Vol MMXVII, No 63
March 3, 1836
Texas Navy sees Action off the Yucatan
Navy Captures Supplies
On this date in 1836, the Texas Navy vessel, Liberty captured the Mexican ship the Pelican in a battle off the coast of the Yucatan Peninsula. Taking fire from the nearby fortress Sisal, the crew of the Liberty captured 300 kegs of black powder and other military supplies.
Much of the bounty was concealed inside cargo belonging to a New Orleans. Upon reaching Matagorda Bay, the Pelican ran aground in poorly charted waters, but the cargo was salvaged, and put to good use at the Battle of San Jacinto.
Texas schooner captures American Contraband
On this date in 1836, the Texas Navy schooner, the Invincible captured the American brig Pocket which under a false manifest, was found to be carrying contraband to the Mexican Army.
Otto Brodie flies his Air Plane over Fair Park
On this date in 1910, while hundreds watched, dare devil flying ace, Otto Brodie flew his famous wire and canvass biplane over Fair Park in Dallas. This was the first time Dallas had ever seen an Air Plane.
Congress approves Camels on western frontier
On this date in 1855, Congress, with the urgin of the War Department, made $30,000 available to the War Department for the purchase of camels and the importation of dromedaries, to be employed for military purposes. Later, Camels would be transported to Camp Verde in the Texas Hill Country to assist the military in its ongoing defense of the Texas frontier again Indian attack.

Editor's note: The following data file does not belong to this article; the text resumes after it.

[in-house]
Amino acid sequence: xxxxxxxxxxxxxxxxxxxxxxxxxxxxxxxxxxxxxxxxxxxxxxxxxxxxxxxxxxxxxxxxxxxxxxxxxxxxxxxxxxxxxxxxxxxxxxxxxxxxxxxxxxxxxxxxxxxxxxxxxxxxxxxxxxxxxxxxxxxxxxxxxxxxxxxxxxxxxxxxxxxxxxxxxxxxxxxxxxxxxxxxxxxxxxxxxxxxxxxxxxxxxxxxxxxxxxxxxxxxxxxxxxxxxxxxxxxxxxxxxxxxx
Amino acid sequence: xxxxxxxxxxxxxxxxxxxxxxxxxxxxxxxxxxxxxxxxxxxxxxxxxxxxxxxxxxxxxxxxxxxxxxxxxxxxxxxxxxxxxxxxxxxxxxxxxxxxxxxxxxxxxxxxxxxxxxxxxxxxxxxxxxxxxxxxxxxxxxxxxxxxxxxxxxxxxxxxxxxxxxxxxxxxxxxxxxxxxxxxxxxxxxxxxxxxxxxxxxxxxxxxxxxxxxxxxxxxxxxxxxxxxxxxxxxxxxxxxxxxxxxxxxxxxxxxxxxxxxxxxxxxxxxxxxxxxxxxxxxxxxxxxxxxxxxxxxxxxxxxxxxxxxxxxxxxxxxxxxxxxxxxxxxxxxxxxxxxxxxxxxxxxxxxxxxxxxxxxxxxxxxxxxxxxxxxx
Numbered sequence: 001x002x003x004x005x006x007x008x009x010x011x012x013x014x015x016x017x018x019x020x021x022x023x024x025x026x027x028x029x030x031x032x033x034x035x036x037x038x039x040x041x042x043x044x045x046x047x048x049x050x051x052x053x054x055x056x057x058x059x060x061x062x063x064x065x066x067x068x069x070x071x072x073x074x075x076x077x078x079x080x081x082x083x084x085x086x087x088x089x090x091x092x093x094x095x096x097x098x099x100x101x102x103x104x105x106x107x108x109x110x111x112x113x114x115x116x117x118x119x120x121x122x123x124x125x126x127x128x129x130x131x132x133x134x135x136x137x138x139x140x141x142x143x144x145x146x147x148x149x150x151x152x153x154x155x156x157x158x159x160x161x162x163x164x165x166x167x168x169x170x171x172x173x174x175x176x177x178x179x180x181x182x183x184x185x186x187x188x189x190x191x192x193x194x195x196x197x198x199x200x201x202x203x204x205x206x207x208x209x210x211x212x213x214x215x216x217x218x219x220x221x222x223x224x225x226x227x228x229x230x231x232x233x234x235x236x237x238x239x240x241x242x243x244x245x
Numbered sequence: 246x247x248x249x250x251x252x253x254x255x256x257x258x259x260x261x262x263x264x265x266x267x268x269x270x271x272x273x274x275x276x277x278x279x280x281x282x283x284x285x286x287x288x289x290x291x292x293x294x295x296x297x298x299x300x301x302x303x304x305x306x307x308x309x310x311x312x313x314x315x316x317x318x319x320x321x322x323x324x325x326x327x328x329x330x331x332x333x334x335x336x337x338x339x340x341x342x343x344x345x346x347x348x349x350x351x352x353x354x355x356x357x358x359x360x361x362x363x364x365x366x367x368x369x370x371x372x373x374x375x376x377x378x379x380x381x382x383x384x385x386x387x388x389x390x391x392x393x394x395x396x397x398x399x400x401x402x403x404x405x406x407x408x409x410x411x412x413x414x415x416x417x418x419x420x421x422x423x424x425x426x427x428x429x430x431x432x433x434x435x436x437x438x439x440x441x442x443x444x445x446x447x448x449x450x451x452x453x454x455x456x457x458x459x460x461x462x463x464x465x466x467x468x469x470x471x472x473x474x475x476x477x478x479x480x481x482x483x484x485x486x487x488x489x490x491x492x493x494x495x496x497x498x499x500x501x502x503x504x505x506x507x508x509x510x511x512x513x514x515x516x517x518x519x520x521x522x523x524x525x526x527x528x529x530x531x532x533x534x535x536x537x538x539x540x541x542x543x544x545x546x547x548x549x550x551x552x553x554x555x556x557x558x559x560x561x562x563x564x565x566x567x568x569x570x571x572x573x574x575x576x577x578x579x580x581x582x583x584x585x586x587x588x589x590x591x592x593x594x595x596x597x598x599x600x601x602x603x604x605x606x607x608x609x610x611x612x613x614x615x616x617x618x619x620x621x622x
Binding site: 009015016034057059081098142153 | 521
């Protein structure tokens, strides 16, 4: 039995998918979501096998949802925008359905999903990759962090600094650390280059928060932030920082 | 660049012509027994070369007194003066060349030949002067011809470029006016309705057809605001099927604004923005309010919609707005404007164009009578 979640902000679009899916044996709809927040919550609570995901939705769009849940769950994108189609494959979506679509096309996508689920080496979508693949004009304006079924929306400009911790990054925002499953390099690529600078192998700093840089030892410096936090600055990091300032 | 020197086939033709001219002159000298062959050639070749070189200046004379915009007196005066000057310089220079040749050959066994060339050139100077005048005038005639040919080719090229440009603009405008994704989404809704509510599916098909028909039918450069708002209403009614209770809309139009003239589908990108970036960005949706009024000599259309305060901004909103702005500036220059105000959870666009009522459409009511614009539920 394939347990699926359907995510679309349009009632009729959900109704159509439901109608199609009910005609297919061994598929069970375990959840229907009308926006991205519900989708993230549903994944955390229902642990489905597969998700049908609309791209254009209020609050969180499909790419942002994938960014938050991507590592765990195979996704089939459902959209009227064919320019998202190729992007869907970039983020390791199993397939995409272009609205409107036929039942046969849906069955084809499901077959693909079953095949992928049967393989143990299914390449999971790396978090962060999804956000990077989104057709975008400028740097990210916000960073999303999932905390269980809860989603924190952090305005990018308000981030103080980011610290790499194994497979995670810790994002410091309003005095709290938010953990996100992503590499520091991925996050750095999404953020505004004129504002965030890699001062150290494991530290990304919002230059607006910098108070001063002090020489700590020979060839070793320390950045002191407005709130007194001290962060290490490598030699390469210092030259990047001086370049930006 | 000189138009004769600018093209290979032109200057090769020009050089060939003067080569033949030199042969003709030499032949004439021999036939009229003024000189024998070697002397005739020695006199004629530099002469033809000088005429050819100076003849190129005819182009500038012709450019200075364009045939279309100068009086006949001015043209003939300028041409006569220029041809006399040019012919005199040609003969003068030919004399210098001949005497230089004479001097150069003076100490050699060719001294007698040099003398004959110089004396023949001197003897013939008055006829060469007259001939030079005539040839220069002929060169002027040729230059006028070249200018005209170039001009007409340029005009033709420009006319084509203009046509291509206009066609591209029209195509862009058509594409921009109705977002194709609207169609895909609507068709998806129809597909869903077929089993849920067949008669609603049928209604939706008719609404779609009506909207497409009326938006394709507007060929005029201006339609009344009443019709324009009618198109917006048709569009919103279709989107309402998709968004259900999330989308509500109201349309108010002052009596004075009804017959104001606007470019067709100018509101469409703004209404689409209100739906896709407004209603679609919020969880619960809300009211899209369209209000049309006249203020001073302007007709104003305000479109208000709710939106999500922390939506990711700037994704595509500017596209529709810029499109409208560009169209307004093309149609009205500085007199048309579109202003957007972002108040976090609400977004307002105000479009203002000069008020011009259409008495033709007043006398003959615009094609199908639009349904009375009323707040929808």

Republic of Texas recognized by the US
On this date in 1837, the United States officially recognized The Republic of Texas. In all, three countries will recognize Texas, the US, Britain, and France.
Barbara Jordan, Woman of the Year
Congresswoman Barbara Jordan of Houston, was selected by the Women's National Democratic Club as the Democratic Woman of the year on this date in 1975. Jordan was the first black woman ever to serve as a state Senator. She became as US Congresswoman in 1973, and served on the House Judiciary Committee that investigated the Watergate breakin in 1974.
Congress Authorizes new Mail Service to California
On this date in 1857, Congress authorized the Postmaster General of the United States, to seek bids for stagecoach service between the Missouri river and San Francisco. The service would include both passenger and mail service. Nine overland stage owners entered bids for the new U.S. Mail contract. In September, John Butterfield Sr. won the $600,000 contract. His route which included 9 days in Texas, would cover the 2,795 route in 25 days.